What is keratosis pilaris, and how does it affect you?

Keratosis pilaris, popularly known as “chicken skin,” is a common skin condition marked by rough, lumpy patches. Hair follicles become clogged with dead skin cells, resulting in these little lumps called pimples. They could be reddish or brown in appearance.
The upper arms, thighs, cheeks, and buttocks are all affected by keratosis pilaris. It’s not contagious, and the pimples usually don’t hurt or irritate the skin.
Although there is no treatment for this innocuous genetic skin problem, there are numerous ways to treat it or prevent it from deteriorating. By the time you reach the age of 30, keratosis pilaris should have cleared up on its own.

5 ways to treat keratosis pilaris

If you don’t like the way your keratosis pilaris looks, there are some home remedies you can try. While there is no cure for the illness, self-care methods can assist to reduce pimples, itching, and discomfort.

1. Bathe in warm water

Short, warm baths can aid in the unclogging and loosening of pores. Bumps can be removed by rubbing your skin with a firm brush. Longer bath sessions can eliminate the body’s natural oils, so keep your time in the tub to a minimum.

2. Remove dead skin cells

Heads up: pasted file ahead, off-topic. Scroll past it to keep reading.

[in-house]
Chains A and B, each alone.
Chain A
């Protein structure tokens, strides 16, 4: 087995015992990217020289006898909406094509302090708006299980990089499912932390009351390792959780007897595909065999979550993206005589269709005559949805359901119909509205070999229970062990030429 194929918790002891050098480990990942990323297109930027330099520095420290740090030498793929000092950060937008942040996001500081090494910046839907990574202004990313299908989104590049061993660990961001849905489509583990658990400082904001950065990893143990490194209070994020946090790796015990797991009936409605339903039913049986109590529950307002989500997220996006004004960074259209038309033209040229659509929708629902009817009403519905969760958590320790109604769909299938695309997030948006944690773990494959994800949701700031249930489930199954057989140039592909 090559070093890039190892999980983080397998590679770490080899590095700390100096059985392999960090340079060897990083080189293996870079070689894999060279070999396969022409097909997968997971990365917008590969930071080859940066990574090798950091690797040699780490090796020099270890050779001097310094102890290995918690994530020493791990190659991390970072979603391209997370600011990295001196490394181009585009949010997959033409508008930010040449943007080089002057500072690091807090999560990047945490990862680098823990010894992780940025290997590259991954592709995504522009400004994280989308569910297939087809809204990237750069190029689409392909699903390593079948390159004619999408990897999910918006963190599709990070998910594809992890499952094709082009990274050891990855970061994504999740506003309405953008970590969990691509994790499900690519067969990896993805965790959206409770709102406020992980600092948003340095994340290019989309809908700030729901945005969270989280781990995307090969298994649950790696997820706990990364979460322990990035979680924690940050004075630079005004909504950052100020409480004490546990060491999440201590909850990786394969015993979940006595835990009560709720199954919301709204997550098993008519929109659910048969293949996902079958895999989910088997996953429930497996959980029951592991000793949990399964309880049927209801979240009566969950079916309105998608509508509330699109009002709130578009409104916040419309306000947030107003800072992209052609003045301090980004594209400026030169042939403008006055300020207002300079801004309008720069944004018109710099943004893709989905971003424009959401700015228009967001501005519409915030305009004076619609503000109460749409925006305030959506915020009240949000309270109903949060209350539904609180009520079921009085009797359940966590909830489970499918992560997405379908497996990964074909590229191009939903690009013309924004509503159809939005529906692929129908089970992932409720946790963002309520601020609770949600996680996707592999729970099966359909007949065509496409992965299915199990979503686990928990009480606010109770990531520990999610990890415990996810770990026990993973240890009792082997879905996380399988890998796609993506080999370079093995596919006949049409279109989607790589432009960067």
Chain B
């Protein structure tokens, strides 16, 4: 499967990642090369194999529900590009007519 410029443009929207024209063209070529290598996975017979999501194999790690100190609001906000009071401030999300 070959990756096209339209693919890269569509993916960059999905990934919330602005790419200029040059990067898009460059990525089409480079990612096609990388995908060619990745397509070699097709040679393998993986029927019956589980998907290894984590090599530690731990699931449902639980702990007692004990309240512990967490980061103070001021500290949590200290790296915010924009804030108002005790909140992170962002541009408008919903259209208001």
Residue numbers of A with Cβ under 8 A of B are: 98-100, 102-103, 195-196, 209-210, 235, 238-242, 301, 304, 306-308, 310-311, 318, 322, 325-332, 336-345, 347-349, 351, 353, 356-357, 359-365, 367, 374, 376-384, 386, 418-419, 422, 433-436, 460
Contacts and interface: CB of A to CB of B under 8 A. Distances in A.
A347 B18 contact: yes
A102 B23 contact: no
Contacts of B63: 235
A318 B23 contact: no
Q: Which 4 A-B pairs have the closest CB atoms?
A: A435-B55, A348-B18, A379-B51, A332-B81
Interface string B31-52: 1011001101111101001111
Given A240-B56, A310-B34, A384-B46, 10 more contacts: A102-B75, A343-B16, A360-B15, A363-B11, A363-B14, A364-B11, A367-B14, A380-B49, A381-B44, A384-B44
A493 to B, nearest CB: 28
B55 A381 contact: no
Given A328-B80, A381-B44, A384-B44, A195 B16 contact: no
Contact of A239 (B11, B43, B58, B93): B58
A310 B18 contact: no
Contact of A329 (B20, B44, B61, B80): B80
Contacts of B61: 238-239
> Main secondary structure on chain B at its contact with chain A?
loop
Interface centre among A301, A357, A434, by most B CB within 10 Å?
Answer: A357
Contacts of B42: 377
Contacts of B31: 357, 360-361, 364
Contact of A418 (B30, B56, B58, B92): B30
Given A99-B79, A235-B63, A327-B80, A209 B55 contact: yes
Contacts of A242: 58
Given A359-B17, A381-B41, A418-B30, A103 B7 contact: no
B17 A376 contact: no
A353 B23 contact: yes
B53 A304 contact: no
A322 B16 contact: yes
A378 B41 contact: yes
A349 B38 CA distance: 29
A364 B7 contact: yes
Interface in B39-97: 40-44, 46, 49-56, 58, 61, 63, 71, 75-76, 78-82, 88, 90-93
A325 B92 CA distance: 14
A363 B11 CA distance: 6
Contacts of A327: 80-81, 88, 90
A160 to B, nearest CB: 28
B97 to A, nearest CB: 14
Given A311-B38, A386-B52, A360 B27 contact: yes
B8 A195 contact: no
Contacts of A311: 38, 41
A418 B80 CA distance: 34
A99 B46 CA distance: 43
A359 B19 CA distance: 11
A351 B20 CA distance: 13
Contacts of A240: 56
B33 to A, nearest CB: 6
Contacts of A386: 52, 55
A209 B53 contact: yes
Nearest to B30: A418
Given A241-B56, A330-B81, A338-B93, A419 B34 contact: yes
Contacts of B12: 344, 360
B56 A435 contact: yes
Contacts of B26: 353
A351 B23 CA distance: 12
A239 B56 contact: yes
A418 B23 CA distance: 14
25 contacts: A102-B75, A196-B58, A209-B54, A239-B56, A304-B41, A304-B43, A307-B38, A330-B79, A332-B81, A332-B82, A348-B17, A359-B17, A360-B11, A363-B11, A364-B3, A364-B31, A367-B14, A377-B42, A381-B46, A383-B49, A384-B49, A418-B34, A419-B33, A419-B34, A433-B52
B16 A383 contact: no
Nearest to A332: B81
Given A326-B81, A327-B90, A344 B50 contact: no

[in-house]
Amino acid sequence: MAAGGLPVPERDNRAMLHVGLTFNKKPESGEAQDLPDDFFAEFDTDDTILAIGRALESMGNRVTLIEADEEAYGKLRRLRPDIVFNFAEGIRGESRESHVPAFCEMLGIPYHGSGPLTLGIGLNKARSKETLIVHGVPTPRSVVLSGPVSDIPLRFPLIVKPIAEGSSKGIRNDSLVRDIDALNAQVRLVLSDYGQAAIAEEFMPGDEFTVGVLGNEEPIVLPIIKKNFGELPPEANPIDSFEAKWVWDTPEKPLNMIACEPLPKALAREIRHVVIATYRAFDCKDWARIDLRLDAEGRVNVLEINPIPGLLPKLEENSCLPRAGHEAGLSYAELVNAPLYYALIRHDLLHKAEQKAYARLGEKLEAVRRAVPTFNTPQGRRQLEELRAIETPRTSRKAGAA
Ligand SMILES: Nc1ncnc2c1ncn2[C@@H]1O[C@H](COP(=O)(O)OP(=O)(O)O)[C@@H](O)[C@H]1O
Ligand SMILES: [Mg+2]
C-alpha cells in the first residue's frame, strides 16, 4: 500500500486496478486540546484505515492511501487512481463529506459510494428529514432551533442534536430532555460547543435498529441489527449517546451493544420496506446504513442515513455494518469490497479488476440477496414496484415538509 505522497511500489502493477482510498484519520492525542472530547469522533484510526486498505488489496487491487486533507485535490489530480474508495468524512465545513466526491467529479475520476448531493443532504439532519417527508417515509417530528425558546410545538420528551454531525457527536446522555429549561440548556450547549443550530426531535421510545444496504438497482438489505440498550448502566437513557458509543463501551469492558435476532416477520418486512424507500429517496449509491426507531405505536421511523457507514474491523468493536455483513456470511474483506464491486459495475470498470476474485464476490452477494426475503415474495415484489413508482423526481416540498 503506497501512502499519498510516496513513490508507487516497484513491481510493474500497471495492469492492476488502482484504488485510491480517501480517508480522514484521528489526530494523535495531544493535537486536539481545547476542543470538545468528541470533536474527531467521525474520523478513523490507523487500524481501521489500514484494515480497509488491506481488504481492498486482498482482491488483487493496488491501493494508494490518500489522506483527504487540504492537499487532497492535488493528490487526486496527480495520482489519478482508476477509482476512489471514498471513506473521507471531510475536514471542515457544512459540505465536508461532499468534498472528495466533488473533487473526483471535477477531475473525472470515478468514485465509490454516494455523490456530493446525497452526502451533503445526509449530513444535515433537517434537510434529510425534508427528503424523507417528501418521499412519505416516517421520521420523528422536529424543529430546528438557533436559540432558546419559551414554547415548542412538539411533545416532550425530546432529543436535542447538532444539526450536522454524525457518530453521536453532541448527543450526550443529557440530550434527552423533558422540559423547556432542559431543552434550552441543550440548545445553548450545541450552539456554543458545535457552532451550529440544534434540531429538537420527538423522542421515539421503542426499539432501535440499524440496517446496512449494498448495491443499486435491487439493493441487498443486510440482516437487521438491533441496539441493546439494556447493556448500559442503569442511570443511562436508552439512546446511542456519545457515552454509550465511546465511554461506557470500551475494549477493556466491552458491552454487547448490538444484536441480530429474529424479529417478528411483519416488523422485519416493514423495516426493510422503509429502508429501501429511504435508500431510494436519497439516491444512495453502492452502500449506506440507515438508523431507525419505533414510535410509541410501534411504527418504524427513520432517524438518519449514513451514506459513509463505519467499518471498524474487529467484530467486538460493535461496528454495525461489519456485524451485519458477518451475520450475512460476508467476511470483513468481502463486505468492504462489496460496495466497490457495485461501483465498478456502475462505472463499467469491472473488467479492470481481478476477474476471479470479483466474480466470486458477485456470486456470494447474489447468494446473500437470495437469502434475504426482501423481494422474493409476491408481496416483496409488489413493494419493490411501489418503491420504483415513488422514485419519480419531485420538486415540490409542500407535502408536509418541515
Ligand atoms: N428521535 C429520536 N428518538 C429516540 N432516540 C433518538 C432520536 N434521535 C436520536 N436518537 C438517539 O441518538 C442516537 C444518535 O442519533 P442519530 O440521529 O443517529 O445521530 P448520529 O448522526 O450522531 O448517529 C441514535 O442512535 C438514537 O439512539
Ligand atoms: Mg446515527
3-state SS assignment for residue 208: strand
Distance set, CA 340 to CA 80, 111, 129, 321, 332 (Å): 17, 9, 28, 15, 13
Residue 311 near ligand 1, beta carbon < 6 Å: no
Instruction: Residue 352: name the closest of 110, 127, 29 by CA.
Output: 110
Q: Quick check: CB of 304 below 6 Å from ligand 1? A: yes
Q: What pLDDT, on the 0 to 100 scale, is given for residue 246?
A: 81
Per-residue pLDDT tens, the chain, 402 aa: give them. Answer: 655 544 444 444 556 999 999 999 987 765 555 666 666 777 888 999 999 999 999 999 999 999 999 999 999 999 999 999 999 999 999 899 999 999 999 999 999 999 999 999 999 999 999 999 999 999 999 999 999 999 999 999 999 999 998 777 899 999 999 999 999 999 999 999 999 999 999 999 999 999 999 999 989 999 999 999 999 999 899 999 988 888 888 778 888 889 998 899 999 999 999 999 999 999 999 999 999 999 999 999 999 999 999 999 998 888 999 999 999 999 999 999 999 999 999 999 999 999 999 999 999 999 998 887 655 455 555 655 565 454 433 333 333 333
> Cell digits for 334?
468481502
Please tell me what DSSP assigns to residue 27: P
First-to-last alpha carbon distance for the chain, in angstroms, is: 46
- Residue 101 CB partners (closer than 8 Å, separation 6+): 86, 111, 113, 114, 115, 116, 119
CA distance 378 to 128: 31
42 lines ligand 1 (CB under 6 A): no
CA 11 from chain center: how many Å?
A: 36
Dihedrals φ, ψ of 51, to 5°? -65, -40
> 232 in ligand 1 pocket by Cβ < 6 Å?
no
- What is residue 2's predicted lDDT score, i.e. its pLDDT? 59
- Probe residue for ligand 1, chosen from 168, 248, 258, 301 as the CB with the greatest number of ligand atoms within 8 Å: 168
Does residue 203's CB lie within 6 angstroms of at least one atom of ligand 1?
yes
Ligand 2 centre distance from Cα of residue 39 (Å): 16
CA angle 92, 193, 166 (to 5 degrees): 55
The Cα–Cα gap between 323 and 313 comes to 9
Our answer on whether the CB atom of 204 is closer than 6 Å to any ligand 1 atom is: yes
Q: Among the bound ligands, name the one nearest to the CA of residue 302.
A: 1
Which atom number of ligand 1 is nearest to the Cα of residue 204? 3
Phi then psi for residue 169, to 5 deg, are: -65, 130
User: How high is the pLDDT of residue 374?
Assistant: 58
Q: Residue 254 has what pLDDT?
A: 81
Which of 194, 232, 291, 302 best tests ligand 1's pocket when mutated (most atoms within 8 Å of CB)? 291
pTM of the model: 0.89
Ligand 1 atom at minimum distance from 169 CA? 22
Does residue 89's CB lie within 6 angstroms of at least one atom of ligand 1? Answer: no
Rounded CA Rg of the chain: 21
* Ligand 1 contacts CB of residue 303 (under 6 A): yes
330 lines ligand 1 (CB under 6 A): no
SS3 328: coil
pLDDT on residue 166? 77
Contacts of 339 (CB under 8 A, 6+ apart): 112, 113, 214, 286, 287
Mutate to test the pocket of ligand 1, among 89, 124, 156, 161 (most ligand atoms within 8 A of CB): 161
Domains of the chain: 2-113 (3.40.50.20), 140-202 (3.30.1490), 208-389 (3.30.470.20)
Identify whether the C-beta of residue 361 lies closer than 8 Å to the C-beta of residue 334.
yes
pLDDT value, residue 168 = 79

Exfoliation on a daily basis might assist to improve the appearance of the skin. A loofah or pumice stone, which you can buy online, is recommended by dermatologists for gently removing dead skin.

3. Apply a moisturising lotion to your skin

Alpha hydroxy acids (AHAs), such as lactic acids, can moisturise dry skin while also encouraging cell turnover. Glycerin, which can be purchased at most beauty supply stores, helps soften pimples and soothe skin inflammation, while rose water can do the same.

4. Avoid wearing clothing that is too tight

Tight clothing can irritate the skin because it causes friction.

5. Make use of humidifiers

Humidifiers give moisture to a room’s air, which helps to keep your skin moisturised and prevent itching flare-ups.

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